Tucker #1052, the First New Tucker in 67 Years – 3D Photos

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For years it’s was well known that just 47 Tucker cars existed. Preston Tucker’s company managed to finish 37 production examples before he was effectively shut down by the SEC. Another 13 cars were left uncompleted on the assembly line. Twelve of those cars were finished soon after the Tucker Corporation folded. Another was assembled from parts in the 1980s. Over time, four Tuckers have been destroyed. In addition to the cars, the Tucker factory assembled a rolling chassis to use as a mule for testing Preston Tucker’s novel gearless automatic transmission that he hoped to eventually offer. That chassis was numbered 1052 and eventually was gathered up in a lot of NOS Tucker parts.

A couple of Tucker enthusiasts tried to assemble those parts but it wasn’t until Tucker fan John Schuler acquired them that the project got off the ground in 2010, more than 60 years after Tucker went out of business. While there was almost a complete body, Classic & Exotic Service of Troy, Michigan fabricated a new roof, floor pan and rear doors and completed the assembly.

Tucker #1052 had its first public showing at the 2015 Concours of America at St. John’s, where it won a blue ribbon.

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Classic Hood Ornaments – 3D Photos

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In the past, Cars In Depth hasn’t featured very much close-up photography because our main 3D rig for still shots has too wide an intra-lens distance (aka “stereo base”) to shoot details like badges and hood ornaments. The most important rule in stereo photography is to make sure you’re far enough from your target to avoid extreme parallax. I call that avoiding the “finger in front of your nose” effect. Normally you shouldn’t get any closer than 30 times the distance between the lens centers.

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The JVC GS-TD1 camcorder we use to shoot video, though, has just a 32mm stereo base, and it has a still photo mode (though the resolution isn’t a high as with our still rig). That means the closest we can get is only about a meter, just right for shooting hood ornaments. The RM Sotheby’s Motor City auction this year was a great opportunity to test it out. They had a number of prewar classics, including Packards, Pierce Arrows, Cadillacs and a Duesenberg that date to the era when drivers called them “mascots”, not hood ornaments. One has to take care about the background behind the target, since when you’re doing close up work, there can be extreme parallax between the target and items behind it, but so far for the most part I’m happy with the results.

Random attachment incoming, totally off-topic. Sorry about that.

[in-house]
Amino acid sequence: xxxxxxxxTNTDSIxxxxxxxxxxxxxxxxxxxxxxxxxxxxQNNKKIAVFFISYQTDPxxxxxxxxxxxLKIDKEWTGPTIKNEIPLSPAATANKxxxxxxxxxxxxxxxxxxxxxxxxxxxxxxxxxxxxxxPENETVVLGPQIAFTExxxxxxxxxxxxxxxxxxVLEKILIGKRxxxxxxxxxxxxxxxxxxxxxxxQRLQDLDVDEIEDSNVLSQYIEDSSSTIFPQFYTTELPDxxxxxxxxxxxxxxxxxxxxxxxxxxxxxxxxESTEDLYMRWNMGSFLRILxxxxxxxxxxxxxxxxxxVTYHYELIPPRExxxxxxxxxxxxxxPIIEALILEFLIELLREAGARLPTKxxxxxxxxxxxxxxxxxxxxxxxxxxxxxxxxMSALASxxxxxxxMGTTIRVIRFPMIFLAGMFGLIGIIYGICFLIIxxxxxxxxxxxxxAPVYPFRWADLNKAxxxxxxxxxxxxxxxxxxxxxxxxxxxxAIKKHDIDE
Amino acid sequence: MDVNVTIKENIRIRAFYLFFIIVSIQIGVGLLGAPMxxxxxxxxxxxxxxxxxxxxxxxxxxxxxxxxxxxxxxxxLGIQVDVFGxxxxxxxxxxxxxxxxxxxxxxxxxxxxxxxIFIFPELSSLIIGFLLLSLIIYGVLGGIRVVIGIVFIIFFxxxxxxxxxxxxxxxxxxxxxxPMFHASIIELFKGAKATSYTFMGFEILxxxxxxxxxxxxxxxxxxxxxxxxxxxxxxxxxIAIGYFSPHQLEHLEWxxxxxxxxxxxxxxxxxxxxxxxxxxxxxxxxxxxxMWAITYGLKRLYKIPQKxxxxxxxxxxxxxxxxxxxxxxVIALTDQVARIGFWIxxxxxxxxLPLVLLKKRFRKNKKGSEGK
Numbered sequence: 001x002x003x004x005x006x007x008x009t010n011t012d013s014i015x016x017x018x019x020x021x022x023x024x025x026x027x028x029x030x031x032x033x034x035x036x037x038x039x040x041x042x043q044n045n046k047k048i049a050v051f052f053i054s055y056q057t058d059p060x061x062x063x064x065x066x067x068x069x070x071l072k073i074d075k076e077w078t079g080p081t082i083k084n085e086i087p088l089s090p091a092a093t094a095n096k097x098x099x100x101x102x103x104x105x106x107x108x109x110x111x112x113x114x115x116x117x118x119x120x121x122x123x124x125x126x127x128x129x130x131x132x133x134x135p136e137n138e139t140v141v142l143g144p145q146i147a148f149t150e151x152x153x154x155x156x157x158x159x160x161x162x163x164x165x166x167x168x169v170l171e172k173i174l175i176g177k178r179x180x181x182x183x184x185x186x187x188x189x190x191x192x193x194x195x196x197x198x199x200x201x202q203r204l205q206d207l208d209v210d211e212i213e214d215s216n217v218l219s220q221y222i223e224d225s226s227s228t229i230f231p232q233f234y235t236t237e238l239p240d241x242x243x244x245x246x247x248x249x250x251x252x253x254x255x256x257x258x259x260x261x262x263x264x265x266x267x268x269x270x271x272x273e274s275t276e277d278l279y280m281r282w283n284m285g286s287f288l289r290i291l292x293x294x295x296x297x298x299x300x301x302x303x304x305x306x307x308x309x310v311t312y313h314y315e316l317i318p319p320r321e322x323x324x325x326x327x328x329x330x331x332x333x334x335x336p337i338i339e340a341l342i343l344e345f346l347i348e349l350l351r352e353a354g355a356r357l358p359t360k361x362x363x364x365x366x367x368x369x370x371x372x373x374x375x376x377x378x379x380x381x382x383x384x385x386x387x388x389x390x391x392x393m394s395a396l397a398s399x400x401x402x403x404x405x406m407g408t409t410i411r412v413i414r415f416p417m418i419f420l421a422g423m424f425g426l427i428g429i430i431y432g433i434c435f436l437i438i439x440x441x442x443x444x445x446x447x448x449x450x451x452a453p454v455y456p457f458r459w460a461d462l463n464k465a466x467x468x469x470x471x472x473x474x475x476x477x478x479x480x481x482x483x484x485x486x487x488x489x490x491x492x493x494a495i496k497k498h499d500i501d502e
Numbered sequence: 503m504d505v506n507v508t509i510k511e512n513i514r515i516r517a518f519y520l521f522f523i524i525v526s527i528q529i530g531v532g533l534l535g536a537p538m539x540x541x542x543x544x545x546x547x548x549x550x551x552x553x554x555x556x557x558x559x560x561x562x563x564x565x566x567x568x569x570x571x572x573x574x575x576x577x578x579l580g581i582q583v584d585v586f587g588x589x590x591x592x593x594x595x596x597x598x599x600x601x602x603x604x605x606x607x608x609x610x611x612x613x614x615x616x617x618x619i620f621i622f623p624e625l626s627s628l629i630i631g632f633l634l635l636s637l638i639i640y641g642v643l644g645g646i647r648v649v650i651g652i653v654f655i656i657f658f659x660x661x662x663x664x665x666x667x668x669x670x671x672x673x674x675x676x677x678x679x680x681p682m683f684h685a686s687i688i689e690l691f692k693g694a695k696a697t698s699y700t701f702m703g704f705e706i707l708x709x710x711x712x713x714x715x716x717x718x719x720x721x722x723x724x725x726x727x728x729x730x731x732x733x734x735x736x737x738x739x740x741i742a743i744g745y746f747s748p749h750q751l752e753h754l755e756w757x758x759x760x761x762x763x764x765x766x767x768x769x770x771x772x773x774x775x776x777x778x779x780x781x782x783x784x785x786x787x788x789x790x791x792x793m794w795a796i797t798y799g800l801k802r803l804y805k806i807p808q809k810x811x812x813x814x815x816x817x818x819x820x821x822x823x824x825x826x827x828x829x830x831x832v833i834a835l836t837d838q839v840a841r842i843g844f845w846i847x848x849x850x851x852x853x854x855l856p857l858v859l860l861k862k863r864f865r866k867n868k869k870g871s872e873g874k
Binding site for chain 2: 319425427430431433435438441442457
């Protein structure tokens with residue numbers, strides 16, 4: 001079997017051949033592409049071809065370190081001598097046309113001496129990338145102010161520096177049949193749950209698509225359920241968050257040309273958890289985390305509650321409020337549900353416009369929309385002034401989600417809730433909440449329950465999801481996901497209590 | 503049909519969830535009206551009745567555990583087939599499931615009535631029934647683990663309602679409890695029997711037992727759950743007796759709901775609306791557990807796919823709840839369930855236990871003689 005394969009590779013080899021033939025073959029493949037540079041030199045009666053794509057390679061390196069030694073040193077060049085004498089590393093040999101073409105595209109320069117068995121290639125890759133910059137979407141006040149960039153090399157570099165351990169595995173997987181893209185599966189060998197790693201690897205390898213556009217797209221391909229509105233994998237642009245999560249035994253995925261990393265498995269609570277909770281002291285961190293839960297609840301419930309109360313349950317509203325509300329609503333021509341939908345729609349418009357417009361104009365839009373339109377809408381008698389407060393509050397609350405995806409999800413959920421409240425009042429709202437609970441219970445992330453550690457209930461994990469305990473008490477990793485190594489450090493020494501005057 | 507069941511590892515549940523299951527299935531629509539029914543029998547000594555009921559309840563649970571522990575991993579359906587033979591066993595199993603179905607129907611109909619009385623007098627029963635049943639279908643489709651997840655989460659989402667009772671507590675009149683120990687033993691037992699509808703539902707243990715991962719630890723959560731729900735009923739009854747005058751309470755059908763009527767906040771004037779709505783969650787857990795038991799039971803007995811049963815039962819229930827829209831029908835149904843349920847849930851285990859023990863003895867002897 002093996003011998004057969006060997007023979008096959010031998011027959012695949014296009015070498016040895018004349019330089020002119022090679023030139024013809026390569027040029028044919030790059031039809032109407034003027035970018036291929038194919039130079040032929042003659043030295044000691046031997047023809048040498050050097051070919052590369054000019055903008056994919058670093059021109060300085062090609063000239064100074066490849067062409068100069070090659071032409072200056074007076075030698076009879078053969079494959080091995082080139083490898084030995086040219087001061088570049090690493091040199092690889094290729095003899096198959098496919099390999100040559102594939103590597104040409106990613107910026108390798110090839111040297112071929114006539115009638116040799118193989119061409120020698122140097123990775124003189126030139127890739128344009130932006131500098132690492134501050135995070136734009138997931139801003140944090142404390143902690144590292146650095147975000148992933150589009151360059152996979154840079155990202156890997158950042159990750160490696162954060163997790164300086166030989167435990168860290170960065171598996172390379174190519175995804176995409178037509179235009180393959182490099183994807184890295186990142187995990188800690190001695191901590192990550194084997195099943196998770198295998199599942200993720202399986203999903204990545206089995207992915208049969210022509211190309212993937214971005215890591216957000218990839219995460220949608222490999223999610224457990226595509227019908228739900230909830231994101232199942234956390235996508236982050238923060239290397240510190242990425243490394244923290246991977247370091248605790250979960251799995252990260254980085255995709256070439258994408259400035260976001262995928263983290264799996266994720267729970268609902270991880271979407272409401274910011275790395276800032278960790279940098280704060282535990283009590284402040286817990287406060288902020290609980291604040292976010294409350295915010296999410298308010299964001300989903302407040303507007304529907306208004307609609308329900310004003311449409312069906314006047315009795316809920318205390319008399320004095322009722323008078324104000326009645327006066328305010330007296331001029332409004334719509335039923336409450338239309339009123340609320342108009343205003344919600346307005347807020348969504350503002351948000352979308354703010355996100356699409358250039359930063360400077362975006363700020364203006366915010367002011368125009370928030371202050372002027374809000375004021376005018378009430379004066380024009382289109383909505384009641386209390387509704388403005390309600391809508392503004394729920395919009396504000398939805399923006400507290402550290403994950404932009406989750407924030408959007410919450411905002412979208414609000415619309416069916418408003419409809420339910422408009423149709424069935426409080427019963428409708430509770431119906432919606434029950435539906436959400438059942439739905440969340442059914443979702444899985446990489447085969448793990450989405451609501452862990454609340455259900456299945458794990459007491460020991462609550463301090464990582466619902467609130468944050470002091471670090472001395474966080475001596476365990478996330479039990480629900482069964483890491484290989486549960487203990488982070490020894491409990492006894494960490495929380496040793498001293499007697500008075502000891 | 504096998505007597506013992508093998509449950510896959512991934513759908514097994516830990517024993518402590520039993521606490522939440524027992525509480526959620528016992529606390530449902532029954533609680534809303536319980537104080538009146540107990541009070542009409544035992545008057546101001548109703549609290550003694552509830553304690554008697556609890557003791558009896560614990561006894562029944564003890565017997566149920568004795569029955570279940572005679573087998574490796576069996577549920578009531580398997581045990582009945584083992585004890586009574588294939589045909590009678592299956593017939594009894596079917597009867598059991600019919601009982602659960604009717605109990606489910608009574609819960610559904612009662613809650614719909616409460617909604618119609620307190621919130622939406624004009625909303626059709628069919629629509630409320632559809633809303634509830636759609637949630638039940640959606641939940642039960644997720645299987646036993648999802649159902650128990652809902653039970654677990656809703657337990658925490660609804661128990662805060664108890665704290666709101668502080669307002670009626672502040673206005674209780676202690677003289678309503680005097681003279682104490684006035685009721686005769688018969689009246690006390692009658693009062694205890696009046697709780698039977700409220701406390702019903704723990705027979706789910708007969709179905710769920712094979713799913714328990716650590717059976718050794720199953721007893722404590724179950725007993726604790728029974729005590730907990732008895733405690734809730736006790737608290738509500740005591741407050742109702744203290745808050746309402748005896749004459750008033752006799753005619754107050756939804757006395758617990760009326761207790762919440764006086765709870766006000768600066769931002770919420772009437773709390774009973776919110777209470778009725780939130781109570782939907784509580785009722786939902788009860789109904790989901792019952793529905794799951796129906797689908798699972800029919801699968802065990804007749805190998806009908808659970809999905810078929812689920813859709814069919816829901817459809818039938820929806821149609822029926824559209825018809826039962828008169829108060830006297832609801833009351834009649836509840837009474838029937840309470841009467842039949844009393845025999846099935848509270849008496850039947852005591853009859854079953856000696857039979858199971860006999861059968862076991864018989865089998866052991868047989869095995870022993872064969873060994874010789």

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To view the entire photo gallery in 2D or your choice of stereo 3D formats, click here for a Flash playerhere for an HTML applet, or here for an HTML5 viewer

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1963 Corvair Rampside Pickup – 3D Photos

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This white Corvair Rampside pickup with blue stripes is almost as nice as the blue 1961 Rampside with white stripes we featured in the previous post. Being a ’63, it’s a bit rarer than the ’61. 1961 was the first year for the Corvair vans and pickups and they did pretty well, selling about 11,000 units, but in just two years sales had dropped to less than 20% of that, just over 2,000 trucks.  By then, though, the Ford Econoline and its pickup variant had been introduced. Like the Rampside and the VW pickup, it had a forward control seating position for the driver, but unlike those rear-engined trucks, the Ford Falcon based Econoline had a conventional front-engine rear wheel drive layout, allowing for a flat loading floor. The VW and Corvair vans and trucks had stepped cargo bays.

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1961 Chevrolet Corvair 95 Rampside Pickup – 3D Photos

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The 1961 Corvair 95 Rampside pickup that belongs to Bill Beckley just might be the nicest one in existence. It’s certainly the nicest Corvair pickup I’ve ever seen – of course I’ve only seen four or maybe five of them in person. They made less than 18,000 Corvair pickups from 1961-65, so you’re not likely to come across one in any kind of condition very often. Either way, this one’s a beauty.

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1968 Double Cab Volkswagen Pickup – 3D Photos

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You may not realize it but this 1968 double cab VW pickup is very rare, at least on this side of the Atlantic Ocean. In early 1964, the United States enacted the so-called Chicken Tax, a 25% tariff on brandy and light commercial vehicles, in response to French and German restrictions on importation of American chickens. The result is that in 1964, sales of the commercial versions of Volkswagen’s Type 2 dropped by 2/3rds. By the end of the decade, VW decided it wasn’t worth it to even bother to import vans and pickups. The 2nd generation Type 2 was introduced in 1968. That means finding a “bay window” VW pickup in America is a rare occurance.